Using the Meshing Toolbox to Speed Up Model Creation

Meshing Toolbox in FEMAP

Quickly and interactively edit geometry and create quality mesh using the Femap Meshing Toolbox
      

The Meshing Toolbox is a centralized collection of FEMAP's geometry clean-up and meshing functionalities in a single pane. Below you will find an overview and demonstration of the included tools:

Geometry Editing Tabs
  1. Feature Suppression
  2. Feature Removal
  3. Feature Editing
  4. Geometry Editing
  5. Combined/Composite Curves
  6. Combined/Boundary Surfaces
Meshing Tabs
  1. Mesh Sizing
  2. Mesh Surface
  3. Mesh Locate
  4. Surface Mesh Quality



Geometry Editing Tabs

Feature Suppression

Feature Suppression allows you to suppress loops, curves, and surfaces. Suppressed geometry still exists in the model and can be restored at any time.
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Feature Removal

This tool aggregates Femap commands that permanently remove geometric entities, such as removing loops, surfaces, and curves.
In the case of “Aggressive Removal”, localized geometry around the selected curve may be slightly altered to accommodate the curve no longer being part of the geometry.
      3 Meshing toolbox, feature removal
      
      

Feature Editing

This tool is used to make relatively basic alterations to Geometric “features”. Examples include modifying the position of a hole, boss, or rib, changing the length/width of an extension or entire part, revolving a face to create an angled wall, or extending a revolved body, etc.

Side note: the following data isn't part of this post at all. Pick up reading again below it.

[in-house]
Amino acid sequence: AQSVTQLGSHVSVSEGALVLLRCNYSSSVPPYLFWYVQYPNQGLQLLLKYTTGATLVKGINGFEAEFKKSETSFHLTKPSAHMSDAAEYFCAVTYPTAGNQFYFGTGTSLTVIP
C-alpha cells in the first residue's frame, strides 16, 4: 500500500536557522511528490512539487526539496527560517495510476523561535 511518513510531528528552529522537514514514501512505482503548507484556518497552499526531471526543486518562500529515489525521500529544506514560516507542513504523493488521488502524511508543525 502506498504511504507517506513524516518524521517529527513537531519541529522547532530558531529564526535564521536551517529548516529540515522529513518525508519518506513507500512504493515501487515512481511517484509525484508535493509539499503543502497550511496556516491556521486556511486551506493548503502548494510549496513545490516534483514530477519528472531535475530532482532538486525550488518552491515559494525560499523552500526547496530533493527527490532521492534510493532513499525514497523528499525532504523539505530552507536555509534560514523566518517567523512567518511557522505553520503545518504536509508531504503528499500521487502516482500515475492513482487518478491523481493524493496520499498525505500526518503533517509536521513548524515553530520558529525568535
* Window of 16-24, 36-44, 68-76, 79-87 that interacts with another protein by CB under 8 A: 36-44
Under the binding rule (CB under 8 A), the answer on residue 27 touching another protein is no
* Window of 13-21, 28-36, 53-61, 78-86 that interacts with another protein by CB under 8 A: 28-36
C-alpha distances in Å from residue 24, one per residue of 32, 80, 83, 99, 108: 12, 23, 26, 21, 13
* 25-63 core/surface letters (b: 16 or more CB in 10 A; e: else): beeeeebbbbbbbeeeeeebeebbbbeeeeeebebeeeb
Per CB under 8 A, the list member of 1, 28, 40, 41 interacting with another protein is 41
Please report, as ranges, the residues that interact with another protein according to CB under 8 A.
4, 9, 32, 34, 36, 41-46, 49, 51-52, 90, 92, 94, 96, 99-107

Different operations require using the different Surface Selection Methods to select appropriate surfaces to be successful. Also, specifying a “realistic” translation or rotation vector is required.

      

Geometry Editing

Powerful geometry editing tools including:
  1. Operation – Determines which operation will be used to “split” or modify a curve or surface.
  2. Curve Break – Specificy a “Location to Break At” by entering XYZ coordinates or click the icon button to use the standard Coordinate Locate dialog box, then choose a curve to break.
  3. Point to Point – Select one point on a surface, then a second point on the same surface to create a line which splits the surface.
  4. Point to Edge – Select one point on a surface, then an edge/curve on the same surface to create the shortest possible straight line from the point of the edge which will “split” the surface.
  5. Edge to Edge – Select one edge/curve on a surface, then another edge on the surface. Lines, which follow the surface, will be created from the endpoints.
  6. Pad – Breaks the surface geometry surrounding a hole into four map-meshable regions.
  7. Washer – Uses offset curves to create map-meshable regions around holes.
  8. Extend – Extends the curve or surface to the point you designate.
  9. Project/Move Point – Projects a point or points used by a surface, solid, sheet solid, or general body onto an entity of the selected type.
  10. Project Curve – Creates a new curve or curves on the selected surface using a normal projection.
      

Combined/Composite Curves | Combined/Boundary Surfaces

Curves